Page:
Reviews - Monarchy - The Rise & The Fall At Lantis
Review Date: 2012-03-27
Reviewed By: Alexander Johnson
Some can and some can't! There are those who can surprise people with amazing creative art; and there are those who can never satisfy them at all... Music is a very wide universe, and unfortunately people mistaken the components of this universe, and they categorize them as "good" and "bad" and "lame" and "cool" and "old" and "heavy" and "groovy" etc...
In my personal experience in the field, I can (and thankfully with a clear conscience) say that to become a musician, one has to have 3 main things, the first is the tempo, the pulse, the heartbeat, the thing that will make us move along the emotional curve of the music itself, one is born with this, one can never acquire it, one can only train one's tempo... The second thing is an ear, being able to have a melodic memory, being able to harmonize music without any prior technique or training, third comes confidence, this is very important because it is basically what makes the difference, a band that is very skillful but not confident will not stick like a band that is not so skilled but very confident of what they are doing... As I said, some can and others can't!
Here is a band that clearly CAN! They acquire all three "conditions", and they are good at it! Monarchy has always surprised people with their choice of songs to cover, and the hard work they put to get as near to relatively perfect as possible. Their own tracks were no different. "The Rise and Fall At Lantis" is the name they chose for their album. It tells a story of a land, lost between legend and myth, to which no king was rule, then God himself sent His own child, Solomon, to rule the land. But like any king, Solomon faced trials of faith to his people, and his people unto him, after fighting a war against a tyrant, his people lost faith in Him, and they denied Him as king. A very beautiful concept chosen by Monarchy, although a bit difficult to be understood by the lyrics, this idea is obvious in the music itself.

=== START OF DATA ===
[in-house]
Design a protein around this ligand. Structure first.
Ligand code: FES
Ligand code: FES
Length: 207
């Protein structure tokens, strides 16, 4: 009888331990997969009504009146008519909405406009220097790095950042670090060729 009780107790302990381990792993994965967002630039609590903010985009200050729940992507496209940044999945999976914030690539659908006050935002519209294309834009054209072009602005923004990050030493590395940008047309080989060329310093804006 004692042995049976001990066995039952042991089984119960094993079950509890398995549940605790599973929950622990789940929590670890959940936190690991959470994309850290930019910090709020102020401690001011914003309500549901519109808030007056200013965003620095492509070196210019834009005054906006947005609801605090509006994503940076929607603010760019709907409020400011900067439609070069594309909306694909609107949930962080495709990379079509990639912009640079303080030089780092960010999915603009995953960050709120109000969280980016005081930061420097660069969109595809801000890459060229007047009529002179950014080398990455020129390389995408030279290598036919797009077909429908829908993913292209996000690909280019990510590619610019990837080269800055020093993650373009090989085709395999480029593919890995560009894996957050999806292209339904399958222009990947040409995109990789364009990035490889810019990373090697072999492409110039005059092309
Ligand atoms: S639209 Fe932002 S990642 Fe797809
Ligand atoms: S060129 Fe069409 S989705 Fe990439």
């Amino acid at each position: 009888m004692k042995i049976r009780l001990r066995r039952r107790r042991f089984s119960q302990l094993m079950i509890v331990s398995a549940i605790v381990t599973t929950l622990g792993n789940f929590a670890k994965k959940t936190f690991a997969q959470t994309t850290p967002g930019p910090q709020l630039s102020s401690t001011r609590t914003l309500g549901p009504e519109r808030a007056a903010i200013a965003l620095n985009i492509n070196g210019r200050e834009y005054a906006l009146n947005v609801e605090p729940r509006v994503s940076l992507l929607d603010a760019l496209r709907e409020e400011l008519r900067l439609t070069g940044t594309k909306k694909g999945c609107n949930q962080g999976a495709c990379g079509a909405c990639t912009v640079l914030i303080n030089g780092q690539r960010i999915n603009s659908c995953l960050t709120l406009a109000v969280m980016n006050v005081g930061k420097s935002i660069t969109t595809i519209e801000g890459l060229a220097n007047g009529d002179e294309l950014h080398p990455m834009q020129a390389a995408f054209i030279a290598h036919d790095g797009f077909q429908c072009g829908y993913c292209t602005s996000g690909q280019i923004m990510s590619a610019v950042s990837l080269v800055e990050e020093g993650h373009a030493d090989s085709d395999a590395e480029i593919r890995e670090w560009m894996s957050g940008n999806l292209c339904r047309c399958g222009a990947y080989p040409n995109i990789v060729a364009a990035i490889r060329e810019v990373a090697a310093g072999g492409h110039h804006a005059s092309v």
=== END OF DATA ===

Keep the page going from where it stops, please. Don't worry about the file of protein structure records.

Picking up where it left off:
The album starts with the introduction, a beautiful melody backed up by a common yet catchy chord progression, elevated by a somewhat long crescendo and beautiful harmonic progression to reach a steady flow of chords and arpeggios, a bit too long in my opinion, until finally the story of the album is told by vocalist Omar, backed up by guitar chords, making it seem like a story one would tell around a campfire, then a sudden burst of power chords and breaks continue on until reaching a small guitar solo, which in my opinion is "geniusly" simple, but then comes the downside of the sudden shift of scales, an absence of a transition between the two songs cuts off the emotional "trip" that the listener was going into.